Duke of Edinburgh visits the Royal Marines Band Service in Portsmouth

His Royal Highness, Prince Philip, Duke of Edinburgh talks to students at the Royal Marines School of Music Picture: L(Phot) Iggy Roberts

His Royal Highness, Prince Philip, Duke of Edinburgh talks to students at the Royal Marines School of Music Picture: L(Phot) Iggy Roberts

Sarah Howard and Jonathan Tetley take the embroidery off the walls Picture: Habibur Rahman (170373-74)

Southsea’s D-Day Museum is cleared out ahead of site’s £4m revamp

0
Have your say

THE Duke of Edinburgh paid his first visit to the Royal Marines School of Music today to mark the elite training site’s 20th anniversary in Portsmouth.

Prince Philip, Captain General of the Royal Marines, was given a tour of the site and spoke to trainee musicians and instructors before viewing the band service’s memorial room.

The royal rounded off his visit by unveiling a plaque to commemorate the anniversary of the school moving to Portsmouth Naval Base from Deal in Kent.

The Duke’s visit coincided with the 352nd birthday of the Corps of Royal Marine.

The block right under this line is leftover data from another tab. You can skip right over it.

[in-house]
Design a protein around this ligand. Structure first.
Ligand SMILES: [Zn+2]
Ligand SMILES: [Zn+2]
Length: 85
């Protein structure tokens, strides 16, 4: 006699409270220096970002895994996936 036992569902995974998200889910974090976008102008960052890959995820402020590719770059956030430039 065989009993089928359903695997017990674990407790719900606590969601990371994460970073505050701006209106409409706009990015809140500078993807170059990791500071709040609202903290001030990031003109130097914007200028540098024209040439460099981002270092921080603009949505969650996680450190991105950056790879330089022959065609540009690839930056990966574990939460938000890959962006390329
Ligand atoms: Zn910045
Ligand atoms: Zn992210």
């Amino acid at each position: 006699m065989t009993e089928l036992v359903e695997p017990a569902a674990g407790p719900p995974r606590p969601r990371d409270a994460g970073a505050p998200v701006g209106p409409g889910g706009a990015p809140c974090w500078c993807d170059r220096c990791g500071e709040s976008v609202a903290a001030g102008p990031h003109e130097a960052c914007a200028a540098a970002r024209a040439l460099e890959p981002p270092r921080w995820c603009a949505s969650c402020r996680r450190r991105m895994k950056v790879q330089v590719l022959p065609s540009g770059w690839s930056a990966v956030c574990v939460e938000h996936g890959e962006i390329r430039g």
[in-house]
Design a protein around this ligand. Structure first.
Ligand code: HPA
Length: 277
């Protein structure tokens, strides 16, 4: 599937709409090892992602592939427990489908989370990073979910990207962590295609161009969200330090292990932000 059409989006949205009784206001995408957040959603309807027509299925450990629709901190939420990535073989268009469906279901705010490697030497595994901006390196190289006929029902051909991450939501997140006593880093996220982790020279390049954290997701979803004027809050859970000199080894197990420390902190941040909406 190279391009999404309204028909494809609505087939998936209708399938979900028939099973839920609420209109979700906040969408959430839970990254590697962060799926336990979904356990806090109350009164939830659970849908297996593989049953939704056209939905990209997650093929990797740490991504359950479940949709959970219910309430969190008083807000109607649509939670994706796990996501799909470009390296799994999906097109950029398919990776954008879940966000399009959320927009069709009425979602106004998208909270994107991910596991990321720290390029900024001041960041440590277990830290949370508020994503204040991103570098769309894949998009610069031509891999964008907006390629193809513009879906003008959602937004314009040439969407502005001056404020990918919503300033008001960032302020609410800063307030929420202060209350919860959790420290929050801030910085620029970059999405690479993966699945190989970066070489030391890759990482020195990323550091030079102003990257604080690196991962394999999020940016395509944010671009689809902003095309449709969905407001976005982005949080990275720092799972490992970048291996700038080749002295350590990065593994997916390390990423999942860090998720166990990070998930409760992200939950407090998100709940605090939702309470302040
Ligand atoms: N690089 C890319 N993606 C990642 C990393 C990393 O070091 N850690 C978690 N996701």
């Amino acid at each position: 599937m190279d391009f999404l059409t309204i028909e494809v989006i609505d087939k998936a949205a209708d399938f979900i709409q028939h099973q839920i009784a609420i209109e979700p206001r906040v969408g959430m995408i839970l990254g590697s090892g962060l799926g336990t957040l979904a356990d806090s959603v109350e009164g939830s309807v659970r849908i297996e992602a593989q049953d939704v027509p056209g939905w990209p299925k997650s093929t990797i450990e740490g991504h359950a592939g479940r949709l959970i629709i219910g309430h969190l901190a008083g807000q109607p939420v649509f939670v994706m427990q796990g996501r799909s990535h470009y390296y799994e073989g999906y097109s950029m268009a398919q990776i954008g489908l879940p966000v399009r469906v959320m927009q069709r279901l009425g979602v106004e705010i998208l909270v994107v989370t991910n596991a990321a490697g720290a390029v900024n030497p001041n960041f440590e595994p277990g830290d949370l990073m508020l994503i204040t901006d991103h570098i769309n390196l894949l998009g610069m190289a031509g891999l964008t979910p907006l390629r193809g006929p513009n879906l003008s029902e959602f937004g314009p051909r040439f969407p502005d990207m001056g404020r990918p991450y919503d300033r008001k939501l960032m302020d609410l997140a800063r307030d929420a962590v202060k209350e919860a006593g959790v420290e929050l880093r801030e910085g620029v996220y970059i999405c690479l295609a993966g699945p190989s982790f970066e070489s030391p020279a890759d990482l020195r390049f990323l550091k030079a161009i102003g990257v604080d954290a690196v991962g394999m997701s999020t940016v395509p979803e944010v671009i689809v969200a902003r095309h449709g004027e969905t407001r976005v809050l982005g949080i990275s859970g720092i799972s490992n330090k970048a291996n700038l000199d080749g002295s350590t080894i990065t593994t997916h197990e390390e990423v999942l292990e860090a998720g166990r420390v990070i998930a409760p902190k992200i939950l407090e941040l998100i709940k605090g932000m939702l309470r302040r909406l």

Lieutenant Colonel Nick Grace, principal director of music of the Royal Marines Band Service, said: ‘It has been a tremendous honour and privilege for the Royal Marines School of Music to host the Duke of Edinburgh, our Captain General.

‘It’s immensely significant because it’s 20 years to the day since the Royal Marines School of Music was opened by his son Prince Edward.

‘This is the first time the Duke has been able to visit us here in Portsmouth.

’It provided a terrific opportunity for our trainees to speak to His Royal Highness and for them to appreciate how military music has played an important role in his life and the esteem in which he holds the Royal Marines Band Service.’

Musician Harry Yarnell, 19, who plays clarinet and viola, said: ‘It was an unforgettable experience and a privilege to meet the duke today.

‘He was interested to know what led me to choosing a career in the Royal Marines Band Service, the training process at the School, how we develop as musicians, and what the future holds.’

Elsie Chadd, 24, who is almost at the end of her training, said: ‘It was my first time meeting a royal. It’s a huge honour.’

The school provides training for all musicians and buglers in the band service.

Trainees have to be aged at least 16 and start studies after 15 weeks military training.

Training for musicians is two years and eight months, and two years for buglers.

Back to the top of the page